Parents of 2 and 3-year olds are urged to protect their children against flu, which can be a serious and fatal illness.
Those aged 65 and over, children and adults with underlying medical conditions and pregnant women are also urged to get their free vaccine in the next few weeks, before flu begins to circulate widely.
The primary schools-based flu vaccination programme is once again underway. This follows a temporary pause in the ordering of the nasal vaccine, which was caused by delays from the manufacturer.
Primary school clinics will be rescheduled as soon as possible and children in high risk groups should visit their GP if their school session has been delayed, to ensure that they are protected early. GPs have now been advised to call in all eligible children for vaccination by early December.
Dr Mary Ramsay, Head of Immunisation at Public Health England (PHE), said:
The flu vaccine is the best defence we have against what can be a serious and fatal illness, and flu season is just around the corner. If you are in an eligible group, visit your GP or pharmacist as soon possible to ensure you are protected.
Professor Stephen Powis, NHS England (NHSE) national medical director, said:
Flu can be extremely serious and even kill in some cases and getting vaccinated is the best protection against it.
NHS services across England continue to work hard to prepare for the winter season, including staff getting their free flu jab, and now we’re appealing to the public to ‘Help Us, Help You’ by ensuring that they and their eligible children or relatives get vaccinated, now.
Professor Martin Marshall, Chair of the Royal College of GPs, said:
Influenza can be a very unpleasant illness, and while it is not generally a serious illness for most people, for those in at-risk groups, such as young children, elderly people, those with long-term conditions and pregnant women, flu has the potential to trigger life-threatening complications.
The best defence against the flu is to be vaccinated and we strongly urge all patients in at-risk groups to get vaccinated and for parents to ensure their young children receive their vaccine as soon as possible.
PHE is working closely with NHSE, NHS Improvement (NHSI) and the Department of Health and Social Care (DHSC) to ensure that all eligible children receive their flu vaccination as soon as possible.
The adult flu programme has continued as normal and PHE is reminding all those aged 65 and over, pregnant women and all children and adults with underlying medical conditions to visit their GP or pharmacist to get their flu vaccine.
The nasal spray, Fluenz TetraTM (Live Attenuated Influenza Vaccine), cannot be stockpiled in advance because the components of the vaccine change every year and it has a very short shelf life.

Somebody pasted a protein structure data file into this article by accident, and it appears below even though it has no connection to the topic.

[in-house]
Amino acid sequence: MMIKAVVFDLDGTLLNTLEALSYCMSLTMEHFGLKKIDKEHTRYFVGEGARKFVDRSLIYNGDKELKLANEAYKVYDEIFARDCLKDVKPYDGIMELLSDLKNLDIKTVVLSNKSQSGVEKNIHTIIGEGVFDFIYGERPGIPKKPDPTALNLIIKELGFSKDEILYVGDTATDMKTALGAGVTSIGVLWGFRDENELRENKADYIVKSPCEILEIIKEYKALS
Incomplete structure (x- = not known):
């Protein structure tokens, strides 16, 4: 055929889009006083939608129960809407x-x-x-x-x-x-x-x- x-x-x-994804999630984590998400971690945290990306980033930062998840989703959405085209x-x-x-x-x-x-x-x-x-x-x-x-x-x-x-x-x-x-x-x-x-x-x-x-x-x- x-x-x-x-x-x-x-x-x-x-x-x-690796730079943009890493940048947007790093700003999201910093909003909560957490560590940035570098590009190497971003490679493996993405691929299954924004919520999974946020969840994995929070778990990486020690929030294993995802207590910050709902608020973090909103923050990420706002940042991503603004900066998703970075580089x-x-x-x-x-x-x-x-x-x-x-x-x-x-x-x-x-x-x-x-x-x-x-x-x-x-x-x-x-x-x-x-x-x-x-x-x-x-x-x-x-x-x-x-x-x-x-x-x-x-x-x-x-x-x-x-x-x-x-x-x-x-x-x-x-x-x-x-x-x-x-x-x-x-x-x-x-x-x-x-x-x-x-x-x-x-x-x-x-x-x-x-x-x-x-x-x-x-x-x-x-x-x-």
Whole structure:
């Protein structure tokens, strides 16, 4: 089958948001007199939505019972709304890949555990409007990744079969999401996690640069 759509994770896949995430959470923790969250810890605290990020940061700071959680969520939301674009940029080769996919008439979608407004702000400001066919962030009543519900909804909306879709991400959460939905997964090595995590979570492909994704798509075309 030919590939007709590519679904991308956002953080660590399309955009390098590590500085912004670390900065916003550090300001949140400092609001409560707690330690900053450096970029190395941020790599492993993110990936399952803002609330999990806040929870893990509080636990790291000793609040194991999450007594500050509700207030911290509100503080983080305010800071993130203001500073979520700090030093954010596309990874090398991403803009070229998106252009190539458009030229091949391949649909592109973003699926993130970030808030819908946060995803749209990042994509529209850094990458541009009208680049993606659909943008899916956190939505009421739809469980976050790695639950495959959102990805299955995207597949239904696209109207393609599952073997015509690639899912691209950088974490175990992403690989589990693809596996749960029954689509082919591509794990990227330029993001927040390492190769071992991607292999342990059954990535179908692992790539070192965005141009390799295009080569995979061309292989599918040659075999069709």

The delay related to Fluenz Tetra vaccine stocks that were due to arrive in November, was due to an issue detected during routine product release processes. Some of these tests did not run correctly and were repeated before the vaccine was released by AstraZeneca and then the independent regulator. The issue is not due to safety or the efficacy of the vaccine itself, which has passed all the other tests. No other batches of the vaccine, including those already in use by schools and GPs, have been affected.
PHE, NHSE and NHSI are prioritising vulnerable children. If locally, a school or GP is unable to offer Fluenz Tetra to a high-risk child, they should receive the injected vaccine instead, to avoid delay in being protected.
The majority of children will receive the nasal spray vaccine in school. This season, all primary school aged children are eligible. Children aged 2 and 3 (on 31 August 2019) and those in clinical risk groups may receive the vaccine through their GP.
Children and young people who are eligible for a flu vaccine include those aged 2 and 3 years, children of primary school age, carers, those who are pregnant and those in a clinical risk groups including those with:
- chronic neurological disease
- chronic respiratory disease
- chronic heart disease
- chronic kidney disease
- chronic liver disease
- asplenia or dysfunction of the spleen
Adults aged 65 years old and over are more vulnerable and may suffer more than most people if they catch flu.
There is strong evidence that pregnant women have a much higher risk of serious illness as a result of flu, compared with the general population. The risks are highest in the last 3 months of pregnancy. Vaccination against flu reduces these risks. Serious complications of flu include pneumonia, septic shock (a severe and life-threatening infection of the whole body), meningitis and encephalitis (inflammation of the brain).
It is also important children are vaccinated as they tend to be ‘super-spreaders’ of flu so if they get it, they are likely to infect more vulnerable older family members. The flu vaccine will help protect children from flu and also reduces the chance of them spreading flu to others.
*[DHSC[: Department of Health and Social Care